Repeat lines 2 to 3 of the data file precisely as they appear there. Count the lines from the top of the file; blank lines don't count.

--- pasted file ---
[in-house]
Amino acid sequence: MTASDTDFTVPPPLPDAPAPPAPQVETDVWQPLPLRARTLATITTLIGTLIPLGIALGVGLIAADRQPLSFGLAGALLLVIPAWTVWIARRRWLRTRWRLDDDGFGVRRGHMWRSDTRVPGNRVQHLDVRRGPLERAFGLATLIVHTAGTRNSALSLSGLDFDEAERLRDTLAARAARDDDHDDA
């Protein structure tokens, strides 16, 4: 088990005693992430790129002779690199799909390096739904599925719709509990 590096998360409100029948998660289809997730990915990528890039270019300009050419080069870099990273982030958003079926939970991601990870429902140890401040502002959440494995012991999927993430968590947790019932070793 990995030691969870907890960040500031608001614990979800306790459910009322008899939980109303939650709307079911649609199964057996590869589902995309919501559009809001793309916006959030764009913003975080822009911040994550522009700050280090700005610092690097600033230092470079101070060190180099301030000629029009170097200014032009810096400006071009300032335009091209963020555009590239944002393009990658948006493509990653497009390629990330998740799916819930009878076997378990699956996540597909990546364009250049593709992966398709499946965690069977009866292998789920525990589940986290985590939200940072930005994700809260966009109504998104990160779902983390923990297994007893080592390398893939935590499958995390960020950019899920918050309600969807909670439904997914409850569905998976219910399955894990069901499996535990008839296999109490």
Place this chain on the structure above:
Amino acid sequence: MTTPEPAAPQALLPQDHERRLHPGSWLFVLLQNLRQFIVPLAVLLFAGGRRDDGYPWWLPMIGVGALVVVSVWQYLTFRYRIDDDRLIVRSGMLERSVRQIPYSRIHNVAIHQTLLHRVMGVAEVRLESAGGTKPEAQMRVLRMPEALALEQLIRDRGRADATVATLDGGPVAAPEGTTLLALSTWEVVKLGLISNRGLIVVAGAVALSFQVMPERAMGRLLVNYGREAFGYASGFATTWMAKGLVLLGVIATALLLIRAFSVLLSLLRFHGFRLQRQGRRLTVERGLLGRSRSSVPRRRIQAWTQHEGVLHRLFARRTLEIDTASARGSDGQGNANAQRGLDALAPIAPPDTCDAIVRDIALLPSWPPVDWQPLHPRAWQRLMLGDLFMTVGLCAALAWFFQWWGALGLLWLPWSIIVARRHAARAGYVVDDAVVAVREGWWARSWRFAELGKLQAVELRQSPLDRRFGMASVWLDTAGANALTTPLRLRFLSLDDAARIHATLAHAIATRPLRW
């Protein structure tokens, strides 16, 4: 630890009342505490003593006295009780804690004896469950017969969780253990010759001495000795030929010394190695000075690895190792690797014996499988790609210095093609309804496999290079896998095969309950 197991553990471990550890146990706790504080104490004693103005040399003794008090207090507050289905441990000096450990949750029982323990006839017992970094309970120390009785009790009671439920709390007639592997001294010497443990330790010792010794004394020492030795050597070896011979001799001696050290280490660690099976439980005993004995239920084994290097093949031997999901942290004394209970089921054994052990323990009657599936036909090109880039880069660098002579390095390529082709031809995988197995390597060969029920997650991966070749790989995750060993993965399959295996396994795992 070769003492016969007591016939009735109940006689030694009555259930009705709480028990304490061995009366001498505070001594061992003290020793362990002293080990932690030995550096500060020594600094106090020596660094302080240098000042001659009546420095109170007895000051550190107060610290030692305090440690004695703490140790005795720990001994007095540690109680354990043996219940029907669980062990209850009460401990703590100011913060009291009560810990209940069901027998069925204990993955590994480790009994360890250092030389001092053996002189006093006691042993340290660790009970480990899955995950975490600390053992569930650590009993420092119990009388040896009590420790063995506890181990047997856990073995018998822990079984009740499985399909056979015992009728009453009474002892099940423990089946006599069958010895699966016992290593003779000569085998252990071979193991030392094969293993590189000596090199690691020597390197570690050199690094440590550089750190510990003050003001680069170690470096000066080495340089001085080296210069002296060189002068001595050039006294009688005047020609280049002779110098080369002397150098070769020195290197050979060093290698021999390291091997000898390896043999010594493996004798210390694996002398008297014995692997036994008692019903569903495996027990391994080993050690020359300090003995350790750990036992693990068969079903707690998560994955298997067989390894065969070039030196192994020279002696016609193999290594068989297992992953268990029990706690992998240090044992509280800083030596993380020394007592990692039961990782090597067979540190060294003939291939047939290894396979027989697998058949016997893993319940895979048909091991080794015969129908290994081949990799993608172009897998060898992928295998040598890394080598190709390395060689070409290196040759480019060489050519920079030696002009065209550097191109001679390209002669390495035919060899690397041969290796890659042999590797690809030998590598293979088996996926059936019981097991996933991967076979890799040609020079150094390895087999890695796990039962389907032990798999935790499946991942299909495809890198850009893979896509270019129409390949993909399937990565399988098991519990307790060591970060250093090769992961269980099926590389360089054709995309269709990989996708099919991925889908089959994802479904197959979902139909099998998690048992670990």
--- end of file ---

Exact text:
Amino acid sequence: MTASDTDFTVPPPLPDAPAPPAPQVETDVWQPLPLRARTLATITTLIGTLIPLGIALGVGLIAADRQPLSFGLAGALLLVIPAWTVWIARRRWLRTRWRLDDDGFGVRRGHMWRSDTRVPGNRVQHLDVRRGPLERAFGLATLIVHTAGTRNSALSLSGLDFDEAERLRDTLAARAARDDDHDDA
């Protein structure tokens, strides 16, 4: 088990005693992430790129002779690199799909390096739904599925719709509990 590096998360409100029948998660289809997730990915990528890039270019300009050419080069870099990273982030958003079926939970991601990870429902140890401040502002959440494995012991999927993430968590947790019932070793 990995030691969870907890960040500031608001614990979800306790459910009322008899939980109303939650709307079911649609199964057996590869589902995309919501559009809001793309916006959030764009913003975080822009911040994550522009700050280090700005610092690097600033230092470079101070060190180099301030000629029009170097200014032009810096400006071009300032335009091209963020555009590239944002393009990658948006493509990653497009390629990330998740799916819930009878076997378990699956996540597909990546364009250049593709992966398709499946965690069977009866292998789920525990589940986290985590939200940072930005994700809260966009109504998104990160779902983390923990297994007893080592390398893939935590499958995390960020950019899920918050309600969807909670439904997914409850569905998976219910399955894990069901499996535990008839296999109490």